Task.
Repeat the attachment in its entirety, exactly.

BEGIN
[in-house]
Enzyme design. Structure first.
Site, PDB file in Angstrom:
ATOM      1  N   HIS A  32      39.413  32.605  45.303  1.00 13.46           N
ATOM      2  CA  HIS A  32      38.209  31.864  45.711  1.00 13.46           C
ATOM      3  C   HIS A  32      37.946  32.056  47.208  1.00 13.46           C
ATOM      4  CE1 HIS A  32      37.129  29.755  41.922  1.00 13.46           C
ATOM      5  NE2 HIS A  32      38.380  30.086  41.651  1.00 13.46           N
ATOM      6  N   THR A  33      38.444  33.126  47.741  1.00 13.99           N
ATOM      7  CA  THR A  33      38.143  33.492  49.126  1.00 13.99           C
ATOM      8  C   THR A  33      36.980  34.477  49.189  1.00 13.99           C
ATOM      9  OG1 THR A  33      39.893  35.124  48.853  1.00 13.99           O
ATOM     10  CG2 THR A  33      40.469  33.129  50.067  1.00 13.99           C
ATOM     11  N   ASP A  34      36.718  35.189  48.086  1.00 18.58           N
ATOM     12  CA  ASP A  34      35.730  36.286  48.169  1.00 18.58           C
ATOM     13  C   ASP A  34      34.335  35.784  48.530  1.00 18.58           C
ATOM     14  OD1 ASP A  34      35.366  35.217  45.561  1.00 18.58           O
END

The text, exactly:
[in-house]
Enzyme design. Structure first.
Site, PDB file in Angstrom:
ATOM      1  N   HIS A  32      39.413  32.605  45.303  1.00 13.46           N
ATOM      2  CA  HIS A  32      38.209  31.864  45.711  1.00 13.46           C
ATOM      3  C   HIS A  32      37.946  32.056  47.208  1.00 13.46           C
ATOM      4  CE1 HIS A  32      37.129  29.755  41.922  1.00 13.46           C
ATOM      5  NE2 HIS A  32      38.380  30.086  41.651  1.00 13.46           N
ATOM      6  N   THR A  33      38.444  33.126  47.741  1.00 13.99           N
ATOM      7  CA  THR A  33      38.143  33.492  49.126  1.00 13.99           C
ATOM      8  C   THR A  33      36.980  34.477  49.189  1.00 13.99           C
ATOM      9  OG1 THR A  33      39.893  35.124  48.853  1.00 13.99           O
ATOM     10  CG2 THR A  33      40.469  33.129  50.067  1.00 13.99           C
ATOM     11  N   ASP A  34      36.718  35.189  48.086  1.00 18.58           N
ATOM     12  CA  ASP A  34      35.730  36.286  48.169  1.00 18.58           C
ATOM     13  C   ASP A  34      34.335  35.784  48.530  1.00 18.58           C
ATOM     14  OD1 ASP A  34      35.366  35.217  45.561  1.00 18.58           O